Dean J. Christon, Executive Director

September 2017

The trend continues in New Hampshire’s housing market: a relatively low inventory of homes for sale, particularly in the entry-level range; higher prices for homes that are for sale; and a rental market with low availability of units and increasing rents. To some degree, this trend reflects positives like low unemploymentv and rising home prices.

The data also indicate that finding affordable housing is an ongoing challenge for buyers and renters. This is of concern because our housing market needs to be responsive to shifts in the state’s demographics and economy. An adequate housing supply supports business growth and enables the state’s economy to grow.

The data show that over the past year, much remains the same about New Hampshire’s housing market. In more densely populated counties like Hillsborough, Merrimack and Rockingham – where most of the state’s businesses are located – home prices continue to rise. In those areas and statewide, the inventory of homes for sale has decreased and in active markets the lack of inventory likely is slowing the pace of sales. While interest rates are still low, it is likely that they will slowly increase over the next year.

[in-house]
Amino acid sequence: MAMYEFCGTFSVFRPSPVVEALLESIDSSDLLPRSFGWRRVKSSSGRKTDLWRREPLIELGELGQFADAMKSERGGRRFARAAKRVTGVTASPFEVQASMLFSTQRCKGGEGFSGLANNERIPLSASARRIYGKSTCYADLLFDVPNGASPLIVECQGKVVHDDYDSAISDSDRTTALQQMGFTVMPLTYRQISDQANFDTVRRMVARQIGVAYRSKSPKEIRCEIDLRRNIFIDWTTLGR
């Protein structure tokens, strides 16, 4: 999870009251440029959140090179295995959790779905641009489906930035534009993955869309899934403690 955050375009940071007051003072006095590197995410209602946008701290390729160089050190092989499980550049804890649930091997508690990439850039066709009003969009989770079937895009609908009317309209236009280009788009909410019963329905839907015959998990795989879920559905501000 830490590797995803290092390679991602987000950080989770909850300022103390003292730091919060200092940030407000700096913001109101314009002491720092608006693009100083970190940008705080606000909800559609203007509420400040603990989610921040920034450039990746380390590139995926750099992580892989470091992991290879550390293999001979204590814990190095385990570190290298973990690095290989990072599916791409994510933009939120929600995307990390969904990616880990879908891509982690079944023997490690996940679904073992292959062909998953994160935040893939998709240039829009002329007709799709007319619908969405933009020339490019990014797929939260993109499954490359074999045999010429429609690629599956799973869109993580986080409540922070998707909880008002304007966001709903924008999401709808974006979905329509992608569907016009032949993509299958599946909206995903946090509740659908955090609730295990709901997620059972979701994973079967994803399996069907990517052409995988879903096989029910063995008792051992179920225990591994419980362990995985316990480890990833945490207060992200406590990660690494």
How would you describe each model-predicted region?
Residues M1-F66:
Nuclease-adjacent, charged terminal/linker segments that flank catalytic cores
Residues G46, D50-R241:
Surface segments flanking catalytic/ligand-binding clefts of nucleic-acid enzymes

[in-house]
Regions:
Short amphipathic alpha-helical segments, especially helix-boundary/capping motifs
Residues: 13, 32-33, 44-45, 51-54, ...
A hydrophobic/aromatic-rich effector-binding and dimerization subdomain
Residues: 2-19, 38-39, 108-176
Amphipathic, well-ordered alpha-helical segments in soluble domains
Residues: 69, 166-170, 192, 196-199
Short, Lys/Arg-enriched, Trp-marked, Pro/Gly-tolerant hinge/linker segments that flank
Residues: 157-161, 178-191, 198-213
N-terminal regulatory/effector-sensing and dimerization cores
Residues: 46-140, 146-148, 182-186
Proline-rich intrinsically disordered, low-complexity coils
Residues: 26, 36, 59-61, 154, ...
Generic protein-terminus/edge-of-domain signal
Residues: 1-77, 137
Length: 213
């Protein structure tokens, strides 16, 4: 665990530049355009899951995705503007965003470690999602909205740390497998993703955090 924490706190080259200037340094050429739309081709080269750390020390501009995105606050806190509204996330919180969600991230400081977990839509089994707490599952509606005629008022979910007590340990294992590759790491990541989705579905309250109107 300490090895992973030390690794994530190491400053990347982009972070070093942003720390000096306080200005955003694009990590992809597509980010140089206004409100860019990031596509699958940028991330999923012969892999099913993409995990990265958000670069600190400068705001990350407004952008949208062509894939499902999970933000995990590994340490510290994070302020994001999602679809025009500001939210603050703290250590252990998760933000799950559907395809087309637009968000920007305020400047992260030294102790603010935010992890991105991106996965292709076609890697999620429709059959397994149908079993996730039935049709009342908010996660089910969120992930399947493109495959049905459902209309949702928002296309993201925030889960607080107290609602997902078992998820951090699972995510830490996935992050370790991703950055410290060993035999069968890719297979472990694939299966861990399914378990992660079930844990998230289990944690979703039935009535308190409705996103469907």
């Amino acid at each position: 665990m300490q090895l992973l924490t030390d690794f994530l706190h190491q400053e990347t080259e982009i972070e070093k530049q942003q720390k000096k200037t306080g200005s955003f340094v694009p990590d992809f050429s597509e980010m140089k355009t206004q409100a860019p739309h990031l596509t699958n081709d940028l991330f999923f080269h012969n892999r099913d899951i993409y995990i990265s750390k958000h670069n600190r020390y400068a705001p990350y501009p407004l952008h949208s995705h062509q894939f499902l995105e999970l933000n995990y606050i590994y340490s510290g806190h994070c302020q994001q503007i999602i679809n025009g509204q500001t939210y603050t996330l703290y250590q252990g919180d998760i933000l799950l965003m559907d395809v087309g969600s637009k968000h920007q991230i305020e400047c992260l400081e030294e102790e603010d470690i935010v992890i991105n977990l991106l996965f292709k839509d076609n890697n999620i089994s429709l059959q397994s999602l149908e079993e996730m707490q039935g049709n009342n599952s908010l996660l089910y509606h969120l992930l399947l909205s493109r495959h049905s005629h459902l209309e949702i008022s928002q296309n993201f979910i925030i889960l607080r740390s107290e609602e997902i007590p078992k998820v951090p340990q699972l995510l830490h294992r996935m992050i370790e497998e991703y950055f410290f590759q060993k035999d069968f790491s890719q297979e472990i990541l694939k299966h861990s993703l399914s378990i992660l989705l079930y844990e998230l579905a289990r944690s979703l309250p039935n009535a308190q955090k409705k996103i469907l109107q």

Potential entry-level homebuyers are contending with a low inventory of homes near employment opportunities. Their efforts to buy a home may be challenged by high student debt, stagnant wages, and stricter lending requirements for mortgages. And, young professionals and older individuals who are downsizing their households often are competing for similarly sized, priced and located houses and rental units.

The state’s tight housing market is reflected in the rental market as well as homes for sale. Many low- to moderate-income households continue to rent because there’s a scarcity of affordable homes to buy. This is seen in the low vacancy rate for rentals: this year it stands at 1.4% for two-bedroom units (4% to 5% is considered a balanced market). The relative strength of demand in this sector leads to higher rents. For renters, this means they pay a higher percentage of their household incomes for housing, affecting both affordability and housing choice for many households.